Straightening the Post's skewed health care polling

In today's Washington Examiner, Byron York had the same question I did about The Washington Post's Sunday poll claiming Americans were "split" over ObamaCare instead of opposed -- why didn't the Post reveal how independents felt?

York finally got the partisan breakdowns from poll director Jon Cohen and they reveal independents bitterly oppose ObamaCare and believe Obama is lying on virtually every claim he made.

York didn't address the other problem with the poll -- how they deflated opposition by undersampling Republicans by a whopping eight percent.

The Post's sample was of 1,000 adults was composed of 34 percent Democrats, 24 percent Republicans and 38 percent independents (with four percent saying "other" or "don't know.") That conflicts sharply with current partisan identification trends, which put the country at 35.1 percent Democratic (and falling,) 32.1 percent Republican and 32.9 percent unaffiliated.

The Post undersampled Republicans by eight percent. Making up for it by oversampling Democrats would be blatant bias, but filling that gap in with independents is harder for some to spot.

Now, York writes, "On the support-or-oppose question, 82 percent of Republicans oppose the new law (73 percent strongly), while 76 percent of Democrats support it (56 percent strongly). Among independents, 56 percent oppose the new law (44 percent strongly), while 40 percent support it (26 percent strongly)."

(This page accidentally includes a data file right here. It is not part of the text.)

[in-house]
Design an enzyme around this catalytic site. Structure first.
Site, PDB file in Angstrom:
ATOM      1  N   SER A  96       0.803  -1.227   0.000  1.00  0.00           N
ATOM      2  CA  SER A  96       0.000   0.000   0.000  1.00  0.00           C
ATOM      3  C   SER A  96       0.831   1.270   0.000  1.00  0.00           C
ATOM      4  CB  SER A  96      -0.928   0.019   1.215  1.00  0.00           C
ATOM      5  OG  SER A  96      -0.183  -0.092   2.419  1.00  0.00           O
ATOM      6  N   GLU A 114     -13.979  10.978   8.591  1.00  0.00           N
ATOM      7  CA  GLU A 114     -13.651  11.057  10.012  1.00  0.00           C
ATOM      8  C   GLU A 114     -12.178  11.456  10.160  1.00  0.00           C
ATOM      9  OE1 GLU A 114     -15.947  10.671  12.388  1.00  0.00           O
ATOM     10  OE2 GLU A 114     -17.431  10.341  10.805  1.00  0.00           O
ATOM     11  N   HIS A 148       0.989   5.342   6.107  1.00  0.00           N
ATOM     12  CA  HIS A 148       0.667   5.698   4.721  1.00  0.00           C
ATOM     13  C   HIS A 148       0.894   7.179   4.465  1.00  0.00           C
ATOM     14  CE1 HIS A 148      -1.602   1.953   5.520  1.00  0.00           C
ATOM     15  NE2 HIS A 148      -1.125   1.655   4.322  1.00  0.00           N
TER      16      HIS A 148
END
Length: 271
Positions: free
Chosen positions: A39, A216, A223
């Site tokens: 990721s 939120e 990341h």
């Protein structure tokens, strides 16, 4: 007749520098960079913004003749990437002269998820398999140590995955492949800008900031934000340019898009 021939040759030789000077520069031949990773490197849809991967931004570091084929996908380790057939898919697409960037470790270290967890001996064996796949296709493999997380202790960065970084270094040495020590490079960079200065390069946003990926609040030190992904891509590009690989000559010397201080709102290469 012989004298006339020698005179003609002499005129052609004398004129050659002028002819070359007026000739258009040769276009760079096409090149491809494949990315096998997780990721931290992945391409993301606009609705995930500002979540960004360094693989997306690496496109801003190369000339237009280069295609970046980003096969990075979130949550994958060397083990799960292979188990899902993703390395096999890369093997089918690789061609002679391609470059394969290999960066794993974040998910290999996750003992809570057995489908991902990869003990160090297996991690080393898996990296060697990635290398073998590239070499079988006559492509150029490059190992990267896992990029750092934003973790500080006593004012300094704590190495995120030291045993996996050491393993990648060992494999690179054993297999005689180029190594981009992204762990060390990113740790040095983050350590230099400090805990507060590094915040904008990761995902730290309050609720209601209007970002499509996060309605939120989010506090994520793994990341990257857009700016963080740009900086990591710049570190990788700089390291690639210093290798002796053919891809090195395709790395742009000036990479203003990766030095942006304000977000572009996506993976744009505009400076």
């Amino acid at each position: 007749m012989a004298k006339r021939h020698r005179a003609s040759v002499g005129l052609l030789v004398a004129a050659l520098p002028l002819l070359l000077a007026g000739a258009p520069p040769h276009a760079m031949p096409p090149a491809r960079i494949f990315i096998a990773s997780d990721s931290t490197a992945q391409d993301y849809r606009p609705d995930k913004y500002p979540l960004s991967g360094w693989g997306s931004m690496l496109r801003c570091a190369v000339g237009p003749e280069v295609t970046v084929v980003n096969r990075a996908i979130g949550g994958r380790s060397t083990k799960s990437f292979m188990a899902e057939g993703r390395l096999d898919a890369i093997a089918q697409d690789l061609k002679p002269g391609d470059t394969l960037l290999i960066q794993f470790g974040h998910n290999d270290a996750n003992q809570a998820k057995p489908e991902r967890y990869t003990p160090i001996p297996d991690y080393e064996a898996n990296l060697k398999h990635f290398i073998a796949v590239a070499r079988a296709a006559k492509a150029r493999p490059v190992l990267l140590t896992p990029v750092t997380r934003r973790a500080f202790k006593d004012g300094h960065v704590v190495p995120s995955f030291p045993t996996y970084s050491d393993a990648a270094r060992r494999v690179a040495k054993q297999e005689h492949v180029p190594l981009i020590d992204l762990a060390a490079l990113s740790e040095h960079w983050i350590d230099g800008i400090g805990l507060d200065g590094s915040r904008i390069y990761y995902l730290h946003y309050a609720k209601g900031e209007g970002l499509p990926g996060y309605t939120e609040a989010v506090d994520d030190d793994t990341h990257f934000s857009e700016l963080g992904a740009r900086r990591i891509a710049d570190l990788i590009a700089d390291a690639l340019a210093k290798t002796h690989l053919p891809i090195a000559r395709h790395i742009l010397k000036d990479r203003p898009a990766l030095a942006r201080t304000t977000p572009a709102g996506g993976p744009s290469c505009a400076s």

While York gave full numbers for independents, but did not provide Republicans in support or Democrats opposed, an estimated breakdown of the Post's sample goes like this.

Democrats: 258.4 support, 81.6 oppose
Republicans: 43.2 support, 196.8 oppose
Independents: 152.0 support, 491.2 oppose

That comes out to 453.6 support (45.4 percent) and 491.2 oppose (49.1 percent.) Almost exactly the Post's final numbers.

So let's take the Post's numbers and figure out what the real number is when you use an accurate universe, and not the Post's light-on-Republicans universe.

Assuming support and opposition numbers aren't skewed to favor Obama, as the Post's sample is, by applying the Post's by-partisan-ID numbers to a partisan-accurate universe of voters you find:

Democrats: 266.76 support, 84.24 oppose
Republicans: 57.78 support, 263.22 oppose
Independents: 131.6 support, 184.24 oppose

That comes out to 456.1 support (45.6 percent) and 531.7 oppose (53.2 percent.)

So had the Post not undersampled Republicans, but used real numbers, the story would have been that 53 percent of Americans oppose ObamaCare, not the supposed "46 percent to 50 percent 'split'" the Post claims.

That 53 percent to 46 percent margin being, of course, the same margin of victory Obama got when the Post reported he won a "landslide" in 2008.

That's more on par with virtually all other polls, and an indicator of just how skewed the Washington Post's polls are.

Not a 50 percent to 46 percent "split," but a healthy 53 percent to 46 percent margin against. Or as the Post puts it, a "landslide."

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